BOSTON (JTA) — His name adorns the headquarters of Boston’s Jewish federation.
His giving to Jewish causes at home and in Israel is legendary.
And of course he is the owner of the beloved New England Patriots, the NFL’s most successful 21st-century franchise, winner of this year’s Super Bowl and a near-religious force binding together Boston and its suburbs.
The news last week that Robert Kraft, 77, was charged with soliciting prostitution sent shock waves through this city and a philanthropic community, Jewish and otherwise, that saw him as a benefactor and role model.
Ask people for reactions and the word you hear most is “saddened,” followed quickly by a reminder that individuals are presumed innocent until proven guilty. Some point to his age, to the loss in 2011 of his wife of almost 50 years, Myra, to the idea that an indiscretion at a massage parlor should be weighed against the $400 million he has given to charity over the years.
“What has been reported at this time is certainly concerning,” the Combined Jewish Philanthropies, Boston’s Jewish federation, wrote in an email to the Jewish Telegraphic Agency.
“For several generations, the Kraft family has committed their time, energy and resources to support organizations and programs that have benefitted the health and well-being of the citizens of Greater Boston and our region. They have played a transformational role in the life of our Jewish community; helping seniors, families and young people in need as well as working to unite and foster understanding between people of different backgrounds,” the statement read.
The Kraft family donated $10 million to renovate the philanthropy’s downtown Boston building, which was dedicated in a ribbon-cutting ceremony last April attended by Kraft and his sons, Jonathan and Daniel, who serves on the CJP board. The building now houses a boardroom named for Myra Kraft, who also served on the philanthropy’s board. The Harry Kraft Center for Jewish Education was named in memory of Kraft’s father, a longtime and beloved teacher at Congregation Kehillath Israel, the Conservative synagogue in nearby Brookline where Kraft attended religious school as a child. Harry Kraft, who owned the Crown Dress company, also led youth services and served as the synagogue’s president.
CJP did not provide the amount of money donated in recent years by the Kraft family. In 2013, the Robert and Myra Kraft Family Foundation donated $1.12 million. It also supports a program that funds teen trips to Israel, according to the CJP website.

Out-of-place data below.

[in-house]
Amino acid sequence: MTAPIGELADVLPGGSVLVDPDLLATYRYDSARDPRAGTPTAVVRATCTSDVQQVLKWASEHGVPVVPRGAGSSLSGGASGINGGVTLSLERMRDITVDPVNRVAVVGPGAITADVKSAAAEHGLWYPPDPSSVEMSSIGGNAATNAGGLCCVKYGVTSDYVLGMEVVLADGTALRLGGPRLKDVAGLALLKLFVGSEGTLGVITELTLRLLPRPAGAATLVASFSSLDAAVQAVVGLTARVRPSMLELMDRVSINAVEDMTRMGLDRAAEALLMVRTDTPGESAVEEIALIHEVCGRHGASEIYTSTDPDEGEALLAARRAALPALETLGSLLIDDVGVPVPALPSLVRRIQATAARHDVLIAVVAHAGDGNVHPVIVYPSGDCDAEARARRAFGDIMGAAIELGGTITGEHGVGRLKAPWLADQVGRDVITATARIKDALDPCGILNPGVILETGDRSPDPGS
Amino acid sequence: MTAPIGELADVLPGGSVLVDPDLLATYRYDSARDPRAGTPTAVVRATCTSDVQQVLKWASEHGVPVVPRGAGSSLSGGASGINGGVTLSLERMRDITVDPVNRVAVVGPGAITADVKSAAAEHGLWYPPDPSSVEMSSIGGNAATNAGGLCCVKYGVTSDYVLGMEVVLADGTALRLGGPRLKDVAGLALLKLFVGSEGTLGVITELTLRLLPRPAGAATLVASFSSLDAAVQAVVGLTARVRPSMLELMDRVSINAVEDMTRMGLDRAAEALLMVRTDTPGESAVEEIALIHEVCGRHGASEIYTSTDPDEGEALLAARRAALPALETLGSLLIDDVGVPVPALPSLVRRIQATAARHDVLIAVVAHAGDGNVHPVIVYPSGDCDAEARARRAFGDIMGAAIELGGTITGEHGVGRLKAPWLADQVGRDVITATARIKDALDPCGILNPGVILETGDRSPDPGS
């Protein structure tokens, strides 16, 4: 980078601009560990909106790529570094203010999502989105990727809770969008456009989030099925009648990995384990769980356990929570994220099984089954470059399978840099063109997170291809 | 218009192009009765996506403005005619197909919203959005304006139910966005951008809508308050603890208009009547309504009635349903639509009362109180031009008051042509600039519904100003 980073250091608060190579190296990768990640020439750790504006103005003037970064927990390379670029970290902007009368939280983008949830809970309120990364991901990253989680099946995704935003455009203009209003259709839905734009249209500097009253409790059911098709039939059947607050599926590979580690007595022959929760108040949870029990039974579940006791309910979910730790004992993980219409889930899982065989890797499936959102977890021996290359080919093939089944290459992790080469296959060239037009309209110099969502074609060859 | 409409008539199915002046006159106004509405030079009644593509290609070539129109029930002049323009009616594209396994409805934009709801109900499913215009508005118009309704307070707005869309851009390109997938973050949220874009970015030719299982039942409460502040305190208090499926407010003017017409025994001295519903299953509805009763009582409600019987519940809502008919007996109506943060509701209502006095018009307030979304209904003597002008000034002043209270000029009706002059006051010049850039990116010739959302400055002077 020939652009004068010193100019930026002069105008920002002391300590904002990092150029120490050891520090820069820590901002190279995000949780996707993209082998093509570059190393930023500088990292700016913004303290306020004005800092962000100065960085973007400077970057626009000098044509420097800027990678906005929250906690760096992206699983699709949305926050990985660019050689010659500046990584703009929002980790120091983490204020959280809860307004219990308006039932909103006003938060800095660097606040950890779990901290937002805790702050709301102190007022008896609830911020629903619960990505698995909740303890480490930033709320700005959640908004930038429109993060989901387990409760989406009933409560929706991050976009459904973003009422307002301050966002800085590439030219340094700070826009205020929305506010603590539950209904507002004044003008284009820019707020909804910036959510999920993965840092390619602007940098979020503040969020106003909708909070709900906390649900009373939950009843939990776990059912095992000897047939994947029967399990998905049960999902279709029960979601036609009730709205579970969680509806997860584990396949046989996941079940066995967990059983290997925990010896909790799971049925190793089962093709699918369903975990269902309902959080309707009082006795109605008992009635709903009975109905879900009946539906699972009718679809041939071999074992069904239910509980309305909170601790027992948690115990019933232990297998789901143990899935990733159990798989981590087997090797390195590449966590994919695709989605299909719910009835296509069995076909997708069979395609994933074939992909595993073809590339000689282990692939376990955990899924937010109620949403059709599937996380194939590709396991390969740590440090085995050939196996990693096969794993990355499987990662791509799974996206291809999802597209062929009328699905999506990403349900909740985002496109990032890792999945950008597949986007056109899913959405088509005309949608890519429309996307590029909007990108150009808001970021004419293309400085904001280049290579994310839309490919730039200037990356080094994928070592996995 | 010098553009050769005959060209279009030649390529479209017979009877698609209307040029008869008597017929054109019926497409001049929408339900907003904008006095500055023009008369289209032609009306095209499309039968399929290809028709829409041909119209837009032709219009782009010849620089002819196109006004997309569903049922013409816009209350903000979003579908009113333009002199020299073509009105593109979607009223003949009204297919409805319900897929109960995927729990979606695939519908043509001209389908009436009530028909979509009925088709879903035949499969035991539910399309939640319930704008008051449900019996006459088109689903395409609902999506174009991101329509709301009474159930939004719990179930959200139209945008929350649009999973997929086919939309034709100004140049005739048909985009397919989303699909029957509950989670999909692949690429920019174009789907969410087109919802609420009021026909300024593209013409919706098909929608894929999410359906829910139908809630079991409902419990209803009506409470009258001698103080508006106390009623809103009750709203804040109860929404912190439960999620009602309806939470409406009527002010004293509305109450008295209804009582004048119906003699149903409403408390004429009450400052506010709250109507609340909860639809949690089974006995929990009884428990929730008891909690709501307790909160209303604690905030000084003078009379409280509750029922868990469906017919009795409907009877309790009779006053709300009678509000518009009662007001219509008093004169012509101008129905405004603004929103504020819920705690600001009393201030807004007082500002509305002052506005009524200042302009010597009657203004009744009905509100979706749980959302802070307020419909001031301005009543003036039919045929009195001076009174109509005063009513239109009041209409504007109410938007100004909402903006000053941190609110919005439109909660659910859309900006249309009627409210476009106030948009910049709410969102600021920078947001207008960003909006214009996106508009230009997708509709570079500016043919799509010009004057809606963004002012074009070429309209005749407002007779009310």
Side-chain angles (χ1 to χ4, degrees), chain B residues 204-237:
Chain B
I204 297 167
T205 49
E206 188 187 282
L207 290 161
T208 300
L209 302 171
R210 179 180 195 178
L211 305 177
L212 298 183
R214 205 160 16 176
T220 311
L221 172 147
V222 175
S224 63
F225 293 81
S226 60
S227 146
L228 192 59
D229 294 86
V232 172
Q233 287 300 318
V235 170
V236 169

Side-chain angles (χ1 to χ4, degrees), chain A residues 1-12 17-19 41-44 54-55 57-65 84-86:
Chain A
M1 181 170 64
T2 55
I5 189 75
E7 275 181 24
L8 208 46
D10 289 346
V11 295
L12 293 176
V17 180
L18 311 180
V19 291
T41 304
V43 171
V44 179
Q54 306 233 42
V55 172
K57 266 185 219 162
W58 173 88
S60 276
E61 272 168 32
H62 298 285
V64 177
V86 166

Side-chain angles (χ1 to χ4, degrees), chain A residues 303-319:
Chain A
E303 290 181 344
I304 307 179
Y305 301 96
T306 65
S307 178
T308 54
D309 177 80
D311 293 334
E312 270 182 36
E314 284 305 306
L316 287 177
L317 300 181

Other area Jewish organizations and religious institutions that have benefited from Kraft’s philanthropy did not respond to JTA’s request for a comment.
Over the years, the Krafts have donated to Kehillath Israel and Temple Emanuel in Newton, both with Kraft family ties, and the Hillel Center of Columbia University and Barnard College, housed in the Kraft Center for Jewish Student Life. Kraft is an alumnus of Columbia.
Kraft Stadium and the $6 million Kraft Family Sports Campus in Jerusalem are physical reminders of his support for the American Football in Israel league.
The family also endowed the Myra and Robert Kraft and Jacob Hiatt Professor of Christian Studies at Brandeis University, Myra’s alma mater; a companion endowed chair in Jewish studies was founded at the College of the Holy Cross in Worcester, the residence of Jacob Hiatt, Myra Kraft’s father, a Holocaust survivor who became a wealthy businessman and philanthropist.
Having a Christian studies position within the Near Eastern and Judaic Studies Department at Brandeis has opened up opportunities for students, said Bernadette Brooten, who holds the Kraft chair in Christian studies at the suburban Boston school. She noted the many Jewish students taking her courses on Christianity and non-Jewish students taking courses she teaches on Jewish subjects.
Brooten scholarship focused on the subject of slavery and sexual exploitation dating back to ancient religious traditions. As the Boston Globe was the first to point out, her field of study provides a troubling juxtaposition with the charges facing Kraft, which came out of a police probe of human trafficking allegations at several massage parlors in and around Palm Beach, Florida.
Brooten told JTA that she was saddened by news of the allegations against Kraft, which she noted he has denied. (Kraft pleaded not guilty on Monday to two charges.) Brooten said the Krafts have been aware of her work and is grateful for their support over decades.
For Brooten, the allegations and wider probe, in which some 100 men were swept up, are not about Kraft but rather raise the broader problem of human trafficking.
“This is shedding light on forced sexual labor,” an issue dating back to ancient history and one that has been tolerated by religions, she observed.
“Slavery is all around us, in ways we aren’t aware of,” she said, including at massage parlors that may be around the corner or in the ways the foods we consume are grown and brought to market.
One welcome development, Brooten said, is that authorities in the Florida case are not treating the women as criminal prostitutes but as victims and providing them with services.
The news of the allegations against Kraft were shocking to Jonathan Sarna, the Joseph H. and Belle R. Braun Professor of American Jewish History at Brandeis. Sarna has known the Kraft family going back decades.
“Robert Kraft is among the most admired Jewish leaders and philanthropists in Boston,” Sarna wrote in an email. “Many of us (including me) knew his remarkable parents … knew his in-laws in Worcester, and knew (and loved) his late wife, Myra. When I think of model Jewish leaders who have given back to their community, I think of Robert Kraft.”
Sarna said it was important to keep in mind that Kraft is innocent until proven guilty.
“My own sense is that we should let the story play out before passing judgment,” he said.